Student or Learner
After pushing / pushed the factory, the goods will be ready for inspection on 22 April.
Pushing = putting some pressure on them?
I imagine emsr2d2's problem in guessing what 'pushing the factory' may have arisen from the fact that the participle's dangling. It can be silly to ban all dangling participles everywhere (though it's a safe poilcy ito avoid them in an exam!) - but there are times when they hinder communication; and I think this is one.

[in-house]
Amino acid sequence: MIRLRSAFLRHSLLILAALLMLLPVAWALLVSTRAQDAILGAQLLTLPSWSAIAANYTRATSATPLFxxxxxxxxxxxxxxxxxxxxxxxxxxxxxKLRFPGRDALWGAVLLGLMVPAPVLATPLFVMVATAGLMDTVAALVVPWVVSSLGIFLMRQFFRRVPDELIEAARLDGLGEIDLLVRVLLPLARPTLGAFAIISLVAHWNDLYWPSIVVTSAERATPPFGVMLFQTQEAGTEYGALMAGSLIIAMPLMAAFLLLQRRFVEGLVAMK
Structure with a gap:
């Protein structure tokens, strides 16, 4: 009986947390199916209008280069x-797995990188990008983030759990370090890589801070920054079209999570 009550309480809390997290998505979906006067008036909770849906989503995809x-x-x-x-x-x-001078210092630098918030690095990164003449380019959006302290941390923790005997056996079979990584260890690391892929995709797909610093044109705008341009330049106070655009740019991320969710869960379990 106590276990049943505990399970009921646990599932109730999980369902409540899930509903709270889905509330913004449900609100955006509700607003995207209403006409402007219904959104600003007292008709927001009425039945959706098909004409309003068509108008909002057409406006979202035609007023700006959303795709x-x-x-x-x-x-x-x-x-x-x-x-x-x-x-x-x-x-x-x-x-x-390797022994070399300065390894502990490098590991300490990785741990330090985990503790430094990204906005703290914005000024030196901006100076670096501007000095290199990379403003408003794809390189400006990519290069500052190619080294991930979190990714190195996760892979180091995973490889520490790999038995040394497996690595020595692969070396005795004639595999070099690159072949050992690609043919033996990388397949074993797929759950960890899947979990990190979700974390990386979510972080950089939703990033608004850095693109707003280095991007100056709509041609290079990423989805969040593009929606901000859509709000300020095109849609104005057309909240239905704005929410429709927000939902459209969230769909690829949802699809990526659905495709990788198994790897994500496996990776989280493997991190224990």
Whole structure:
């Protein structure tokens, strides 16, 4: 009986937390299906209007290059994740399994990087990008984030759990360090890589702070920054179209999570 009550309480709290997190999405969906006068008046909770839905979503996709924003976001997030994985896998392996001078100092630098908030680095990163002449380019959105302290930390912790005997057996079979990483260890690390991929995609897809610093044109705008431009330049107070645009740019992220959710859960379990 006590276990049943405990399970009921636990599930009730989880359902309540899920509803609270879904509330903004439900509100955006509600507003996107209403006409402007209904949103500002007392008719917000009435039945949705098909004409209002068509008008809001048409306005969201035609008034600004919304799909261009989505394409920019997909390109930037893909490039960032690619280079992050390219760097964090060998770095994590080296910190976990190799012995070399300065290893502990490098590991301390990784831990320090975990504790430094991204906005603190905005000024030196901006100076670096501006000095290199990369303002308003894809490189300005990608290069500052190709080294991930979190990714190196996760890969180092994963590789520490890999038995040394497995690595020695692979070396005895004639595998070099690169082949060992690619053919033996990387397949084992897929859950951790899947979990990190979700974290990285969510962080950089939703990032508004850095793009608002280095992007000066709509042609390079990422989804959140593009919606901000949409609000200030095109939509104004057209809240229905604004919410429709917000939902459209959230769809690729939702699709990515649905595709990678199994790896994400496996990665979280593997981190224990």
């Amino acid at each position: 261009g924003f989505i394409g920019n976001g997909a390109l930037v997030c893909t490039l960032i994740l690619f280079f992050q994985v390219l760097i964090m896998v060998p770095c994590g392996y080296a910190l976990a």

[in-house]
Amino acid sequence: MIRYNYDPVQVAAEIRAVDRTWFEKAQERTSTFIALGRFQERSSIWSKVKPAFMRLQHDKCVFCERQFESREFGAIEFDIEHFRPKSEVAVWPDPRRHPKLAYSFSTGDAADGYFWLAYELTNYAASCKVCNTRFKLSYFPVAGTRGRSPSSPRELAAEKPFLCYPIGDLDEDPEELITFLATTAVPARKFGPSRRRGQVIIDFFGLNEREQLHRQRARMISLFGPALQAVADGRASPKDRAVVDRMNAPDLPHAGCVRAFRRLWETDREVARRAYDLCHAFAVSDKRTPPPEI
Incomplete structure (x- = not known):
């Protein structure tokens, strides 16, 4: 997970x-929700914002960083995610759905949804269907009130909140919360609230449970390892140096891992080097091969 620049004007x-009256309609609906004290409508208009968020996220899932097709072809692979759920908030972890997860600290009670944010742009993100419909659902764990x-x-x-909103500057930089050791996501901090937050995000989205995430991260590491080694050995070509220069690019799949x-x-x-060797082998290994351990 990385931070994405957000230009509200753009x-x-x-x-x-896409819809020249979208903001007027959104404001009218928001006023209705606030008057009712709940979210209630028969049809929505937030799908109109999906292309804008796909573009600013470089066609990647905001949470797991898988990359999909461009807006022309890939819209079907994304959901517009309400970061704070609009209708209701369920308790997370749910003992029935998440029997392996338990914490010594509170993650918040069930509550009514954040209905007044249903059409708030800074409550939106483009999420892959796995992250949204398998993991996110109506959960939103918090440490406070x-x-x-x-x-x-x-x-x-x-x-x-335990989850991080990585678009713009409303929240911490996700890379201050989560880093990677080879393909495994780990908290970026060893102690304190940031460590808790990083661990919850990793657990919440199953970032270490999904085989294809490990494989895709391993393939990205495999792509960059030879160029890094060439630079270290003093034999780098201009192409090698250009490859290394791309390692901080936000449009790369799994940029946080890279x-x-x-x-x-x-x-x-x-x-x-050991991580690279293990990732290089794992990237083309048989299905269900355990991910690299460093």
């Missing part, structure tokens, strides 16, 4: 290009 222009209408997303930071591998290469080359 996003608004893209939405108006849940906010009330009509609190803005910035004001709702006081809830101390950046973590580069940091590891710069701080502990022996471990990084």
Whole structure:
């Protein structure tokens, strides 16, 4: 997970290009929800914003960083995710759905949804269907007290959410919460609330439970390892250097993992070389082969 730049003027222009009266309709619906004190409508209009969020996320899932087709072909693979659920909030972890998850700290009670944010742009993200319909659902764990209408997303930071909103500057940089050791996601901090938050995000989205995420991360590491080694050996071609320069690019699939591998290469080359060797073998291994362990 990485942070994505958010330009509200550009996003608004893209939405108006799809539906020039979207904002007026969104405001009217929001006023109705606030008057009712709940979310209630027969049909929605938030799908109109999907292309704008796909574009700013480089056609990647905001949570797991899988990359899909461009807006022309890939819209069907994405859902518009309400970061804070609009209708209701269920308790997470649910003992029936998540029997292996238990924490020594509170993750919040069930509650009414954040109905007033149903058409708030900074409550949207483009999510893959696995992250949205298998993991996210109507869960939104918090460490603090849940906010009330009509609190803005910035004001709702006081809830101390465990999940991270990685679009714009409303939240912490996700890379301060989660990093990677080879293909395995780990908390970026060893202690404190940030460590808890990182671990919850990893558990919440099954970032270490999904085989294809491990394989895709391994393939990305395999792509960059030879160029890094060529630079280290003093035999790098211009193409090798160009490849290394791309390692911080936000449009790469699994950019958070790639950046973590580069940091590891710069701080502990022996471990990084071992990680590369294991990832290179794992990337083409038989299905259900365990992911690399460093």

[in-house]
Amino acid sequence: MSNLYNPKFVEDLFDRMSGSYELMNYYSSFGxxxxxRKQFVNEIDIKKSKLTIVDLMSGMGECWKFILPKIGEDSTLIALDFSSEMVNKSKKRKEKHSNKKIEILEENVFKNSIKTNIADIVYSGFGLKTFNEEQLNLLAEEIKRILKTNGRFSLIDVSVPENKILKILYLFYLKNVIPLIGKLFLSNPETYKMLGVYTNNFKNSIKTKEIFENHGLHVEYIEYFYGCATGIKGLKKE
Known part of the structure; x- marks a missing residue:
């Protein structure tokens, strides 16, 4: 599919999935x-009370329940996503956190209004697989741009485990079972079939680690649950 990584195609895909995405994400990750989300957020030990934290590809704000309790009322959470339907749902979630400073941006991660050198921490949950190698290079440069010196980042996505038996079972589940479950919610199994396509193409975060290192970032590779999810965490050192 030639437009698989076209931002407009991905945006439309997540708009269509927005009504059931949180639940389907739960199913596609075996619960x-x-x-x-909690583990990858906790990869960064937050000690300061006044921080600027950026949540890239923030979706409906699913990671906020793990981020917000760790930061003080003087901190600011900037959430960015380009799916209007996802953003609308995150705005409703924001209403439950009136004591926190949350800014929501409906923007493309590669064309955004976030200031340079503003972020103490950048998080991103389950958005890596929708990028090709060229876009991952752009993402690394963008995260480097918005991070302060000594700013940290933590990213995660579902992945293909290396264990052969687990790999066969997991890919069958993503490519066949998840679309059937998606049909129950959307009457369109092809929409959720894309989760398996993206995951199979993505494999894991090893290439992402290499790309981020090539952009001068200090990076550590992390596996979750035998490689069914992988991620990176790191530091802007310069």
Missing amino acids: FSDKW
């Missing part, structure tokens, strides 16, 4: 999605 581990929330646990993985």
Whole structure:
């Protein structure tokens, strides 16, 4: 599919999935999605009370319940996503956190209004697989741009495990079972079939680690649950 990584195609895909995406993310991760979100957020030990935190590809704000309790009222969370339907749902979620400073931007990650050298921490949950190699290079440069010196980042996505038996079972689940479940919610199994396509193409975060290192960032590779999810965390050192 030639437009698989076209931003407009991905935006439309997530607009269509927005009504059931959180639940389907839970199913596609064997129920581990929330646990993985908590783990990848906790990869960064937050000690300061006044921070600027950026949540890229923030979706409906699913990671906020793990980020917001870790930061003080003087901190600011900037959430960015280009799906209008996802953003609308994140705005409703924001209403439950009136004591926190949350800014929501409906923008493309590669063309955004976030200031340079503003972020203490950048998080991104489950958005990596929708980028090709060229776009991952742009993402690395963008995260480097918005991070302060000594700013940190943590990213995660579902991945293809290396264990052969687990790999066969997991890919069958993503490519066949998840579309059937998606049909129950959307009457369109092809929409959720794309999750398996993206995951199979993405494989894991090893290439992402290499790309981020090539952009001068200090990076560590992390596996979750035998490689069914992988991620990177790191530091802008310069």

You can push the owners, the employees, the workers etc of a factory (in which case it would mean, as previously suggested, put pressure on them) but unless you're Superman, you can't actually push a factory!